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President Vladimir Putin is hosting dozens of African leaders for the first Russia-Africa Summit, as Moscow seeks greater influence on a continent where the West and China have a firm foothold. AFP reported on Wednesday, October 23rd.
All 54 African states and more than 3,000 delegates were represented at the first summit which was held in the Black Sea resort of Sochi, with Putin meeting leaders for bilateral talks from nuclear technology to mineral extraction throughout the two-day event.
President Putin aims to revive Russia’s influence in Africa, saying that trade between Russia and Africa has more than doubled in the past five years to more than $20 billion, adding that some consider this “a good figure”.
“I cannot agree,” he said. “In Africa there are very many potential partners with good prospects and huge growth potential. Of course, this is not enough.”
The high-profile summit is a culmination of diplomatic efforts over the past several years meant to boost Russia’s presence in the region. Moscow was a crucial player in Africa in the Soviet era, backing independence movements and training a generation of African leaders.
With the collapse of the Soviet Union in 1991, ties with Africa declined and in recent years China has emerged as a top foreign power on the continent, forcing Russia to play catch-up.
The summit is in many ways borrowing from China’s playbook. To expand its influence, Beijing in 2000 launched the Forum on China-Africa Cooperation and has poured tens of billions of dollars into the continent.
However, Russia cannot match China’s economic might. Like Beijing, it is prepared to support African leaders with controversial rights records in exchange for access to the continent’s riches.
Putin has scheduled 13 bilateral meetings with African leaders in a bid to further extend the Kremlin’s influence.
The summit is co-chaired by Egyptian President Abdel-Fattah Al-Sisi, who holds the rotating presidency of the 55-nation African Union (AU), and Russian President Vladimir Putin.
Al-Sisi has called on Russian and international firms to invest in Africa, stressing that this is the “ideal time” for economic openness to the continent.
South African President Cyril Ramaphosa, among the first to meet with Putin at the summit, praised Russia’s “whole effort of strengthening its relationship with the African continent”.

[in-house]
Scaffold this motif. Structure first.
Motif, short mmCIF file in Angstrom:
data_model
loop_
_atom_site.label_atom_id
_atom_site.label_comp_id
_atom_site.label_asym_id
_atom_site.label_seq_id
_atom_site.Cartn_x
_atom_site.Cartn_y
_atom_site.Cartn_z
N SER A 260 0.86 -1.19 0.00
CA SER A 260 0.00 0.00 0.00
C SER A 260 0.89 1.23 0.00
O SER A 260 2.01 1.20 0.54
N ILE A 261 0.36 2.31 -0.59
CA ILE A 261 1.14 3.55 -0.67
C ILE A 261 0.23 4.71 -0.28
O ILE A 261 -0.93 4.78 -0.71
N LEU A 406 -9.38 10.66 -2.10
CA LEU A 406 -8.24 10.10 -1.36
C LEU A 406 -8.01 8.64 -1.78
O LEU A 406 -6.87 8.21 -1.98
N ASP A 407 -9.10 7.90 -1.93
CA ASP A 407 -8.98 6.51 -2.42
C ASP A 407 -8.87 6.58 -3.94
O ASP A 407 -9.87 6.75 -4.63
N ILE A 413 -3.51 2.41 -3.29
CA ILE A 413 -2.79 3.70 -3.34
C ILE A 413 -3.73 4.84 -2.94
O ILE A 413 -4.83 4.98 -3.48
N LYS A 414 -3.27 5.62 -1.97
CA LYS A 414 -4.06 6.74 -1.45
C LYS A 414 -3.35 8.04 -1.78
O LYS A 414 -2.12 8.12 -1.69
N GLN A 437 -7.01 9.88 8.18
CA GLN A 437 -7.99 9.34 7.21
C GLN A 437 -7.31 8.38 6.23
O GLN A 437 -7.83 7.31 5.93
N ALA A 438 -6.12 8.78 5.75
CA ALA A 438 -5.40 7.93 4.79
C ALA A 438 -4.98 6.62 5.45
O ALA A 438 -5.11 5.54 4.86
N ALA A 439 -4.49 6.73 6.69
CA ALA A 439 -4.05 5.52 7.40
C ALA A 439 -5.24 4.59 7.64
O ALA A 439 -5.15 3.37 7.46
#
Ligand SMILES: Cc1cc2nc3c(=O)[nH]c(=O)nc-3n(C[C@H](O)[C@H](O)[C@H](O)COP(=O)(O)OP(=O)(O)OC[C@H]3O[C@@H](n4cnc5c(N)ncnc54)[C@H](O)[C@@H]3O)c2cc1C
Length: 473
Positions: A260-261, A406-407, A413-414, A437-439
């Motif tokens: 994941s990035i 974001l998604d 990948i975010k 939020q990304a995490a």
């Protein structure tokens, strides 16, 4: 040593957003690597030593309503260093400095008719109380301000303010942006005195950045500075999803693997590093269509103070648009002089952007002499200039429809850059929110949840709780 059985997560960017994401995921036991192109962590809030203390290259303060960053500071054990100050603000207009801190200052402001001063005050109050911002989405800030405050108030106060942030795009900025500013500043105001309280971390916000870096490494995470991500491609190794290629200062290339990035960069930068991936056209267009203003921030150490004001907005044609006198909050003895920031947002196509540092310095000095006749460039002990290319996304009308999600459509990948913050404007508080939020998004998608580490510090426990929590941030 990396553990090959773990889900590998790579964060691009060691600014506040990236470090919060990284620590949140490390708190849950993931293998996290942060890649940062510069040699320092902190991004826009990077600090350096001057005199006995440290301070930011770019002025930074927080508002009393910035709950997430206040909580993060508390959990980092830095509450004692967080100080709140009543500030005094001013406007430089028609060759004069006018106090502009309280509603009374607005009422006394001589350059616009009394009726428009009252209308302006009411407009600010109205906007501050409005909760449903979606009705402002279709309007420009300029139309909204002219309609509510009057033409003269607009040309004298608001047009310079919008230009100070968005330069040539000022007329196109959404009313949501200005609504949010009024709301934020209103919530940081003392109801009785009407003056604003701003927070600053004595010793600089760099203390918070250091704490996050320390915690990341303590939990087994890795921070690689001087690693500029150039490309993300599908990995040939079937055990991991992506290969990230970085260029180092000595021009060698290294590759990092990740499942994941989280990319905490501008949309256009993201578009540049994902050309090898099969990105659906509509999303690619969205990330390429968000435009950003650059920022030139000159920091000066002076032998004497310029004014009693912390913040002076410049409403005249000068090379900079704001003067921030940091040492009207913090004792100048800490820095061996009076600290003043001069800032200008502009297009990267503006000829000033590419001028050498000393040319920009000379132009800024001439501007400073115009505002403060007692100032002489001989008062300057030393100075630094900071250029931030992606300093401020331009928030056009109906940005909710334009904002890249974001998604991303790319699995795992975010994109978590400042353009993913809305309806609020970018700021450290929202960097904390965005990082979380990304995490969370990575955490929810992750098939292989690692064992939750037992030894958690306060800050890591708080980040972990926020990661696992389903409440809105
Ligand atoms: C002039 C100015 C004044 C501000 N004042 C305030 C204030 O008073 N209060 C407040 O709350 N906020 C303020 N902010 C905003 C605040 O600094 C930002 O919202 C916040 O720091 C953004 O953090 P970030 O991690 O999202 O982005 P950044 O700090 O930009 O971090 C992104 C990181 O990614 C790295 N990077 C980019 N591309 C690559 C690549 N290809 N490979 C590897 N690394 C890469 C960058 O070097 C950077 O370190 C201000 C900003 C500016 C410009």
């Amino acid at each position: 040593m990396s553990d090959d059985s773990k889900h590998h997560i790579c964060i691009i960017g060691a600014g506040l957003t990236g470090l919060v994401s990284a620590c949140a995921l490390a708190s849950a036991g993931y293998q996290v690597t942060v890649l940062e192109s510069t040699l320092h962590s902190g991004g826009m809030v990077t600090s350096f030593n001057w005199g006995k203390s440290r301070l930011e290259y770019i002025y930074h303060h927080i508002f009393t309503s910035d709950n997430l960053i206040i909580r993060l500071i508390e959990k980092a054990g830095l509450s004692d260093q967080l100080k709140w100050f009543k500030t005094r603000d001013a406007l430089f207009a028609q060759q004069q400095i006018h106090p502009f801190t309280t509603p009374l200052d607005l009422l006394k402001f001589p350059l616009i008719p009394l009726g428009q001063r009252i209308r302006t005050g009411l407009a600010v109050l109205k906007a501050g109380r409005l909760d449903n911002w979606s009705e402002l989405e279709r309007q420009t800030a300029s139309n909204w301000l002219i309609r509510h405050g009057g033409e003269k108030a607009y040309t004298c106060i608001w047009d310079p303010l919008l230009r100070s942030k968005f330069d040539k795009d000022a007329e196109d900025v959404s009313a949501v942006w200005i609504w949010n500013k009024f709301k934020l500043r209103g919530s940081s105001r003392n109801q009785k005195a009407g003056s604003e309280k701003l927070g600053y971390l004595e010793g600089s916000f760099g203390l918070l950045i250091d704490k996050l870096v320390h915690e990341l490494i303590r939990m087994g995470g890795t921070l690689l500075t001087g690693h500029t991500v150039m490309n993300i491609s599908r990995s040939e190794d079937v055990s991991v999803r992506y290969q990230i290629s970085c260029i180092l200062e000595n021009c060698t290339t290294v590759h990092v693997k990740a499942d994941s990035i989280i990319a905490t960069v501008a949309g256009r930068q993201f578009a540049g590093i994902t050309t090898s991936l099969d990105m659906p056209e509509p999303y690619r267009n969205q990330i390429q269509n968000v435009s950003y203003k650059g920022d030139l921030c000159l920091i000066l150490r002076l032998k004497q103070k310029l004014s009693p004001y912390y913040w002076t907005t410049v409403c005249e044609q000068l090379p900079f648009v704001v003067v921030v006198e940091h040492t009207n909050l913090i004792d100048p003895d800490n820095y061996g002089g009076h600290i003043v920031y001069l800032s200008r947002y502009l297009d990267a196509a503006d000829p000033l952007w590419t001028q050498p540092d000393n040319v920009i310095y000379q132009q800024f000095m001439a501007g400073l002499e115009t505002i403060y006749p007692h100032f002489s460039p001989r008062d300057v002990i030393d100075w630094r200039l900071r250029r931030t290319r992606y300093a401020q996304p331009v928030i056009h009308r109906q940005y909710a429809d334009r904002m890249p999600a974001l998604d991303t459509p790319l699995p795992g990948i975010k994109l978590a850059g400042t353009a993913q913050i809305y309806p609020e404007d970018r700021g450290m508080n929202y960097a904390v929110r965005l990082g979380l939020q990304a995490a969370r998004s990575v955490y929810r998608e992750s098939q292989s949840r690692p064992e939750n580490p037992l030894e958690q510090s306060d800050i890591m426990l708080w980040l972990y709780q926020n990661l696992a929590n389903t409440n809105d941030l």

Putin also met Ethiopian Prime Minister Abiy Ahmed, congratulating him on his recent Nobel Peace Prize. The Ethiopian PM is set to meet Egyptian President al-Sisi on the side-lines of the event to discuss a dam under construction on the Nile River that Cairo fears would cut its share of vital water.
The Russian president also heard a request from Central African leader Faustin-Archange Touadera to extend military aid and help to overturn an international arms embargo.
Ivory Coast, which has had little interaction with Russia, was set to send a delegation of 70 people including its president with a view to signing a possible military cooperation agreement.
Putin has promised cooperation without “political or other” interference, at a time when some in Africa are starting to express concern about states’ dependence on China.
“Russia is not the Soviet Union, it lacks the resources, the ideology and the appeal of its predecessor,” said Paul Stronsky of the Carnegie Center in Moscow.
Several trades, economic, and investment agreements are expected to be signed after the forum concludes.
Besides boosting political and economic cooperation, the summit is planned to lay out measures to fight terrorism, cross-border crime, and threats to regional and global security.
A joint document will be adopted following its conclusion, according to the summit’s official website.
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